Unlocking Your Romance Writing Potential Through AI

AI Tools for Romance Writers

UPDATED JUNE 12, 2023

AI came up in last week’s call and today a WWH member sent an AI poem for writers written in the form of Green Eggs and Ham. Unfortunately, it’s not posted online, so I can’t send a link. Suffice it to day, it was mostly spot on and hilarious.

AI is all the buzz and it’s likely here to stay. For romance authors, AI can offer a tool to assist you in many aspects of your writing, so I thought I’d share about AI and the tools you can use to write, edit, and promote your books.

NOTE: In my mind, AI is a tool in the same way the Internet, books, and automation are tools. It’s there to help us. You can check out my post on AI as a Tool, Not a Threat, for my thoughts on AI’s impact on writers, and how writers can adapt.

Can AI do all the work for you in writing a book? Maybe, but I’d question the quality.

Instead, see AI as a way to get ideas, brainstorm when you’re stuck, visual or expand on your idea, help you improve your writing, and assist you in the other aspects of being an authorpreneur, such as creating marketing content.

ALLI has a post on AI for authors including ethical considerations.

 

Here is information about AI and at the end of this article you’ll find a list of AI tools and resources.

What is AI, and How Can it Help Romance Authors?

Artificial Intelligence (AI) is a rapidly growing technology that has the potential to revolutionize the way romance authors create content. AI writing tools can help authors save time and effort by automating certain tasks such as generating or brainstorming ideas, researching topics, and even writing outlines.

With AI-powered author productivity tools, romance authors can focus on what they do best – creating compelling stories that captivate their readers. AI-driven writing tools can also help authors stay organized and efficient while producing quality content at scale.

How to Use AI to Generate Ideas & Content Faster

AI-powered romance novel idea generators are becoming increasingly popular among writers. A WWH member who played around with Chatgpt was able to develop a regency-era romance idea.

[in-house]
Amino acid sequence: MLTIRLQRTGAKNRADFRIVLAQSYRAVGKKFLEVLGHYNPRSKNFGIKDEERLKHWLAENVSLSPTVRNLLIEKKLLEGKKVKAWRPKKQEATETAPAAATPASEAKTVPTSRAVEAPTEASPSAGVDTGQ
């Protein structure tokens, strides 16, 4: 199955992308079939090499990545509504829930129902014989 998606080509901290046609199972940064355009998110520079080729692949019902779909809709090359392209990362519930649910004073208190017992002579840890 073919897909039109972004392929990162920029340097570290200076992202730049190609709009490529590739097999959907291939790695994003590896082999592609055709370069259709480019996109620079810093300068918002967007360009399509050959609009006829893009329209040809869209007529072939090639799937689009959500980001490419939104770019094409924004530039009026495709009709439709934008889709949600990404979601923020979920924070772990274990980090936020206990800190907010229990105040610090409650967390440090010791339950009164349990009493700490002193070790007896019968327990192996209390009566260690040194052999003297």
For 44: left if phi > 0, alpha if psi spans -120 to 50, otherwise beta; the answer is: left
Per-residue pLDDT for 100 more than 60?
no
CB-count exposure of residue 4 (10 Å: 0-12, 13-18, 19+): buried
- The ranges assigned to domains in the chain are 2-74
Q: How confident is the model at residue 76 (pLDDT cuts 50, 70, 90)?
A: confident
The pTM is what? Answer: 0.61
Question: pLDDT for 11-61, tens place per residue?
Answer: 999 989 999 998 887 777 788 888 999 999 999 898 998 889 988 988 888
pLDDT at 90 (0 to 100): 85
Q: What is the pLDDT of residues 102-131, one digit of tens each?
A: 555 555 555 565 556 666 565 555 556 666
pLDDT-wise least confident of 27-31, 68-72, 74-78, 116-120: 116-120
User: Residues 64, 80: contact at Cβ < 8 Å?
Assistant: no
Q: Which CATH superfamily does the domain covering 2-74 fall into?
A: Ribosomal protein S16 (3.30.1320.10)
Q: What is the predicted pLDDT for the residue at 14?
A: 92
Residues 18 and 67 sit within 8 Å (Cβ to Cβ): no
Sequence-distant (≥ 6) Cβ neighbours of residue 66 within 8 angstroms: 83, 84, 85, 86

AI tools use natural language processing to quickly generate ideas based on keywords or topics provided by the user. For example, “give me three plot ideas involving a grumpy hockey player and an curvy, outgoing dancer.”

Here’s one from Rytr:

Mitch is an NHL hockey player, whose career has been on the decline since he broke his leg a few seasons ago. He’s suffered from depression and become increasingly grumpy and frustrated, pushing away friends and family.

One day, while walking through town, Mitch stumbles upon an audition for a local dance troupe. Despite the fact that the audition is already halfway finished, he is captivated by a particular dancer: an exuberant and curvy woman named Olivia. When she catches Mitch’s eye, she smiles at him invitingly and draws him in to dance with her.

Mitch is hesitant at first but soon finds himself smiling too. After the audition they take their conversation outside and discover they have a lot in common: a love of music, sports, literature—even a favorite type of ice cream!

Instantly, the two of them felt a powerful connection that was much deeper than just mere shared interests; they both had the feeling of being on a search to find someone special and unique, like they had finally found what they were looking for.

Depending on the AI tool and what you want from it, you can generate basic story ideas (a premise) or a complete outline (with conflicts and plot beats) or something in between. As you’ll note from above, there’s a kernel of an idea, but a lot of work is still needed, specifically, the conflicts.

AI tools can be used to brainstorm as well. If you already have your idea somewhat plotted but are stuck, AI can provide you with ideas. Or, if AI generated the idea, you can ask more questions to expand on the concept.

AI for Proofreading and Editing